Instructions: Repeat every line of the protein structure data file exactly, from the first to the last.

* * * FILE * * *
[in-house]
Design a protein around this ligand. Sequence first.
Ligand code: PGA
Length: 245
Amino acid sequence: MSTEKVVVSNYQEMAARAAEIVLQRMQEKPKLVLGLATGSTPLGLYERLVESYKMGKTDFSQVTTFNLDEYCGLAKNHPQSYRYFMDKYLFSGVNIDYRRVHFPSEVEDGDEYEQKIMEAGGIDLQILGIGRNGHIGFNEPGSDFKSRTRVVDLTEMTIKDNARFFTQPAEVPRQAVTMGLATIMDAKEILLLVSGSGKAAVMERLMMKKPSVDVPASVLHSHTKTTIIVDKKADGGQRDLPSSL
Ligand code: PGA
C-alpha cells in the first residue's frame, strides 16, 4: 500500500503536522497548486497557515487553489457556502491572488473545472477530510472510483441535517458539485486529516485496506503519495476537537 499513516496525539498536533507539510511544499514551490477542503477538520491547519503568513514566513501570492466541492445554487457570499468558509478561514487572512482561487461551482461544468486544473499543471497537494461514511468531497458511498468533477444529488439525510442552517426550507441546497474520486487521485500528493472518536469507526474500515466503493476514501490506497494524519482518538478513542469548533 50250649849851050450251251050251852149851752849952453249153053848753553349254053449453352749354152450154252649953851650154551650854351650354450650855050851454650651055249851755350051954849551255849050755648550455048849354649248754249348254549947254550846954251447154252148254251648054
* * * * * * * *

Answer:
[in-house]
Design a protein around this ligand. Sequence first.
Ligand code: PGA
Length: 245
Amino acid sequence: MSTEKVVVSNYQEMAARAAEIVLQRMQEKPKLVLGLATGSTPLGLYERLVESYKMGKTDFSQVTTFNLDEYCGLAKNHPQSYRYFMDKYLFSGVNIDYRRVHFPSEVEDGDEYEQKIMEAGGIDLQILGIGRNGHIGFNEPGSDFKSRTRVVDLTEMTIKDNARFFTQPAEVPRQAVTMGLATIMDAKEILLLVSGSGKAAVMERLMMKKPSVDVPASVLHSHTKTTIIVDKKADGGQRDLPSSL
Ligand code: PGA
C-alpha cells in the first residue's frame, strides 16, 4: 500500500503536522497548486497557515487553489457556502491572488473545472477530510472510483441535517458539485486529516485496506503519495476537537 499513516496525539498536533507539510511544499514551490477542503477538520491547519503568513514566513501570492466541492445554487457570499468558509478561514487572512482561487461551482461544468486544473499543471497537494461514511468531497458511498468533477444529488439525510442552517426550507441546497474520486487521485500528493472518536469507526474500515466503493476514501490506497494524519482518538478513542469548533 50250649849851050450251251050251852149851752849952453249153053848753553349254053449453352749354152450154252649953851650154551650854351650354450650855050851454650651055249851755350051954849551255849050755648550455048849354649248754249348254549947254550846954251447154252148254251648054